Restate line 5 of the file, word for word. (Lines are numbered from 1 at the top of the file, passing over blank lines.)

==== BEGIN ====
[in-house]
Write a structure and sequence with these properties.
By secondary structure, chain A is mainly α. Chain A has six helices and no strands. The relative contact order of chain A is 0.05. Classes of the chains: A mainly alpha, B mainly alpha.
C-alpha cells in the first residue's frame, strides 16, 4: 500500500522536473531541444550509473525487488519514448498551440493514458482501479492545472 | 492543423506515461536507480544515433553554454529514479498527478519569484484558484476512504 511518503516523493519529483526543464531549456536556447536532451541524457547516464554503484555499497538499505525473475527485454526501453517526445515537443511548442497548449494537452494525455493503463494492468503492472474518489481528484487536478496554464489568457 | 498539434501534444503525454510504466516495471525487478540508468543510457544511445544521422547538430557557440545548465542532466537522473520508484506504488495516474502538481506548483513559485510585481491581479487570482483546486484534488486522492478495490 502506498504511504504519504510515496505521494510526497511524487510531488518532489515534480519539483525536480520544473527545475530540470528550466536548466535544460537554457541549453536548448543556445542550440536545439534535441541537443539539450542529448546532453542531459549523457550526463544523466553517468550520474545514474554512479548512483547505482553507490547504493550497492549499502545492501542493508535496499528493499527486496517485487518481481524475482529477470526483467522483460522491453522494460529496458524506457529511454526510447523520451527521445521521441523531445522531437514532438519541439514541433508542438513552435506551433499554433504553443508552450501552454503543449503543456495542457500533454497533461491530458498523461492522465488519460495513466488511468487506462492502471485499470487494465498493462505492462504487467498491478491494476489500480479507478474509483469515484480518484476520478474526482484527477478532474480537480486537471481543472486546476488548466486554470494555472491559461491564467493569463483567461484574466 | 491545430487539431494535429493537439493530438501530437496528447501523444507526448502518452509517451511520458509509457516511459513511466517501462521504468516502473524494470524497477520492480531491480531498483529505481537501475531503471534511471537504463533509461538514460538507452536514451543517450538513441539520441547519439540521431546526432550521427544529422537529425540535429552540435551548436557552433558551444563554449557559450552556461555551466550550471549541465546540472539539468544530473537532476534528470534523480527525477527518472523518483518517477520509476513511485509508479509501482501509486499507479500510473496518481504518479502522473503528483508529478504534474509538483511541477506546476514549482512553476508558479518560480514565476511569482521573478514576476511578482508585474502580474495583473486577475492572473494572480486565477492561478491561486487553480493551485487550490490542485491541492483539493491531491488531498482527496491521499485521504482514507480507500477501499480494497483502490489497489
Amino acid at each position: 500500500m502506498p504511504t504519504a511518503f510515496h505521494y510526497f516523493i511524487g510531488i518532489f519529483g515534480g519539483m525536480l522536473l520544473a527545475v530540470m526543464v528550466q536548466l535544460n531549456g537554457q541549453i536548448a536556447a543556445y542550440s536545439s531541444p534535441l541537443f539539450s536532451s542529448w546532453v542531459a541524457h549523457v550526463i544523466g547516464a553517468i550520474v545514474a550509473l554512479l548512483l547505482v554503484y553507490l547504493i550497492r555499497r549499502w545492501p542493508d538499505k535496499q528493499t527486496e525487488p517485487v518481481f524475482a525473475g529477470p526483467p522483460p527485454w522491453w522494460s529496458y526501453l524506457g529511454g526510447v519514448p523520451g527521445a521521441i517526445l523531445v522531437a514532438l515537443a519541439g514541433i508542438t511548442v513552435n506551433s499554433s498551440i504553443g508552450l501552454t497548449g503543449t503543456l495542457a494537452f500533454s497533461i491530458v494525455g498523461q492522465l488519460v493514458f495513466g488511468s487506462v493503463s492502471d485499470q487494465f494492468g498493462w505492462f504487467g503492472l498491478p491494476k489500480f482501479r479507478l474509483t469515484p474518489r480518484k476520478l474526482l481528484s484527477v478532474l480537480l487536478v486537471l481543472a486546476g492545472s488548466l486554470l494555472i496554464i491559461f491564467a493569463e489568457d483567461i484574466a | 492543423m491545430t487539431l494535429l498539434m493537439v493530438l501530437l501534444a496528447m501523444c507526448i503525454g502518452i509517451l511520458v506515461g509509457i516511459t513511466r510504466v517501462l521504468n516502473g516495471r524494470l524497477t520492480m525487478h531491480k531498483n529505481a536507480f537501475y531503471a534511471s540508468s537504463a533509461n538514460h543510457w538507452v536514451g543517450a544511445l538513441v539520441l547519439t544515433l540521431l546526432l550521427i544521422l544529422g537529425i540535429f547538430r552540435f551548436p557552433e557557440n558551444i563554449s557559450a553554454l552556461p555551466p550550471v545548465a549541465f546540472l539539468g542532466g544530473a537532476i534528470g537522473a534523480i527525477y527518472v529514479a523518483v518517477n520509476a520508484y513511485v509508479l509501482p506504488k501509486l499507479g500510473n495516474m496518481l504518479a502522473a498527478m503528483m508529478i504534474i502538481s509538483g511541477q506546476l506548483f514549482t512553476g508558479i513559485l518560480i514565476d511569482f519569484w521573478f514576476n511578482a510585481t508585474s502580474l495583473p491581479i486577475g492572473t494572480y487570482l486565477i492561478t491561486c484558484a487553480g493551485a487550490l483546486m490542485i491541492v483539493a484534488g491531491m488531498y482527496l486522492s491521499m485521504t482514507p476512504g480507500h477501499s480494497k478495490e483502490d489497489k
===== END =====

Amino acid at each position: 500500500m502506498p504511504t504519504a511518503f510515496h505521494y510526497f516523493i511524487g510531488i518532489f519529483g515534480g519539483m525536480l522536473l520544473a527545475v530540470m526543464v528550466q536548466l535544460n531549456g537554457q541549453i536548448a536556447a543556445y542550440s536545439s531541444p534535441l541537443f539539450s536532451s542529448w546532453v542531459a541524457h549523457v550526463i544523466g547516464a553517468i550520474v545514474a550509473l554512479l548512483l547505482v554503484y553507490l547504493i550497492r555499497r549499502w545492501p542493508d538499505k535496499q528493499t527486496e525487488p517485487v518481481f524475482a525473475g529477470p526483467p522483460p527485454w522491453w522494460s529496458y526501453l524506457g529511454g526510447v519514448p523520451g527521445a521521441i517526445l523531445v522531437a514532438l515537443a519541439g514541433i508542438t511548442v513552435n506551433s499554433s498551440i504553443g508552450l501552454t497548449g503543449t503543456l495542457a494537452f500533454s497533461i491530458v494525455g498523461q492522465l488519460v493514458f495513466g488511468s487506462v493503463s492502471d485499470q487494465f494492468g498493462w505492462f504487467g503492472l498491478p491494476k489500480f482501479r479507478l474509483t469515484p474518489r480518484k476520478l474526482l481528484s484527477v478532474l480537480l487536478v486537471l481543472a486546476g492545472s488548466l486554470l494555472i496554464i491559461f491564467a493569463e489568457d483567461i484574466a | 492543423m491545430t487539431l494535429l498539434m493537439v493530438l501530437l501534444a496528447m501523444c507526448i503525454g502518452i509517451l511520458v506515461g509509457i516511459t513511466r510504466v517501462l521504468n516502473g516495471r524494470l524497477t520492480m525487478h531491480k531498483n529505481a536507480f537501475y531503471a534511471s540508468s537504463a533509461n538514460h543510457w538507452v536514451g543517450a544511445l538513441v539520441l547519439t544515433l540521431l546526432l550521427i544521422l544529422g537529425i540535429f547538430r552540435f551548436p557552433e557557440n558551444i563554449s557559450a553554454l552556461p555551466p550550471v545548465a549541465f546540472l539539468g542532466g544530473a537532476i534528470g537522473a534523480i527525477y527518472v529514479a523518483v518517477n520509476a520508484y513511485v509508479l509501482p506504488k501509486l499507479g500510473n495516474m496518481l504518479a502522473a498527478m503528483m508529478i504534474i502538481s509538483g511541477q506546476l506548483f514549482t512553476g508558479i513559485l518560480i514565476d511569482f519569484w521573478f514576476n511578482a510585481t508585474s502580474l495583473p491581479i486577475g492572473t494572480y487570482l486565477i492561478t491561486c484558484a487553480g493551485a487550490l483546486m490542485i491541492v483539493a484534488g491531491m488531498y482527496l486522492s491521499m485521504t482514507p476512504g480507500h477501499s480494497k478495490e483502490d489497489k